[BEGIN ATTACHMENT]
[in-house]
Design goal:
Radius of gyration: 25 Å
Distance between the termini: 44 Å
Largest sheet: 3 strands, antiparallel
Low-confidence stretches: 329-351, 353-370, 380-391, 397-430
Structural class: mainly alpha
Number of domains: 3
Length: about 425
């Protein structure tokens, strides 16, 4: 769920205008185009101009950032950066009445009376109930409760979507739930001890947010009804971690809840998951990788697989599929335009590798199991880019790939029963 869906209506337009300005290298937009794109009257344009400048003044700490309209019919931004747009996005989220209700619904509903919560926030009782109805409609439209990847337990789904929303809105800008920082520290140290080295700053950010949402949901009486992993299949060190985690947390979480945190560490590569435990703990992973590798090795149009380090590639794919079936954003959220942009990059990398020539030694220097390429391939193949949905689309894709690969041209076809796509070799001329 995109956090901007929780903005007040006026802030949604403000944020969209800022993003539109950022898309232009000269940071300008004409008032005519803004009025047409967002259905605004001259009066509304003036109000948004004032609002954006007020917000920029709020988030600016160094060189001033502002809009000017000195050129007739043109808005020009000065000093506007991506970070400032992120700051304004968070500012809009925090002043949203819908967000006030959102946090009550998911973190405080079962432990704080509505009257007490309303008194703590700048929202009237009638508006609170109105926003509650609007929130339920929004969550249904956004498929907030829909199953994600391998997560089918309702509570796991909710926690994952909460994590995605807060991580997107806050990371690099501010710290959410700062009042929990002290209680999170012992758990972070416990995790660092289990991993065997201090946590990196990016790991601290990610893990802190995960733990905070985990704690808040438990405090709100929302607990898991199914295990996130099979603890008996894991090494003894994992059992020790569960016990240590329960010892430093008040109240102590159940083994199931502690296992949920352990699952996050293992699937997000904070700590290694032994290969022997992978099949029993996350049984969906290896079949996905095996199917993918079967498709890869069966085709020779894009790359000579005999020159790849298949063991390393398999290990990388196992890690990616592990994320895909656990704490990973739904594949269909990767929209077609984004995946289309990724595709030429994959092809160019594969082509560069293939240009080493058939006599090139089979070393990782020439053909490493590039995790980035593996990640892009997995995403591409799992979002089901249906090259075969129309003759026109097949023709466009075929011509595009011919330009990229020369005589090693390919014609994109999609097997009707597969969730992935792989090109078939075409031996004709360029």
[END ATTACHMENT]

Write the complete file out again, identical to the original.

[in-house]
Design goal:
Radius of gyration: 25 Å
Distance between the termini: 44 Å
Largest sheet: 3 strands, antiparallel
Low-confidence stretches: 329-351, 353-370, 380-391, 397-430
Structural class: mainly alpha
Number of domains: 3
Length: about 425
């Protein structure tokens, strides 16, 4: 769920205008185009101009950032950066009445009376109930409760979507739930001890947010009804971690809840998951990788697989599929335009590798199991880019790939029963 869906209506337009300005290298937009794109009257344009400048003044700490309209019919931004747009996005989220209700619904509903919560926030009782109805409609439209990847337990789904929303809105800008920082520290140290080295700053950010949402949901009486992993299949060190985690947390979480945190560490590569435990703990992973590798090795149009380090590639794919079936954003959220942009990059990398020539030694220097390429391939193949949905689309894709690969041209076809796509070799001329 995109956090901007929780903005007040006026802030949604403000944020969209800022993003539109950022898309232009000269940071300008004409008032005519803004009025047409967002259905605004001259009066509304003036109000948004004032609002954006007020917000920029709020988030600016160094060189001033502002809009000017000195050129007739043109808005020009000065000093506007991506970070400032992120700051304004968070500012809009925090002043949203819908967000006030959102946090009550998911973190405080079962432990704080509505009257007490309303008194703590700048929202009237009638508006609170109105926003509650609007929130339920929004969550249904956004498929907030829909199953994600391998997560089918309702509570796991909710926690994952909460994590995605807060991580997107806050990371690099501010710290959410700062009042929990002290209680999170012992758990972070416990995790660092289990991993065997201090946590990196990016790991601290990610893990802190995960733990905070985990704690808040438990405090709100929302607990898991199914295990996130099979603890008996894991090494003894994992059992020790569960016990240590329960010892430093008040109240102590159940083994199931502690296992949920352990699952996050293992699937997000904070700590290694032994290969022997992978099949029993996350049984969906290896079949996905095996199917993918079967498709890869069966085709020779894009790359000579005999020159790849298949063991390393398999290990990388196992890690990616592990994320895909656990704490990973739904594949269909990767929209077609984004995946289309990724595709030429994959092809160019594969082509560069293939240009080493058939006599090139089979070393990782020439053909490493590039995790980035593996990640892009997995995403591409799992979002089901249906090259075969129309003759026109097949023709466009075929011509595009011919330009990229020369005589090693390919014609994109999609097997009707597969969730992935792989090109078939075409031996004709360029």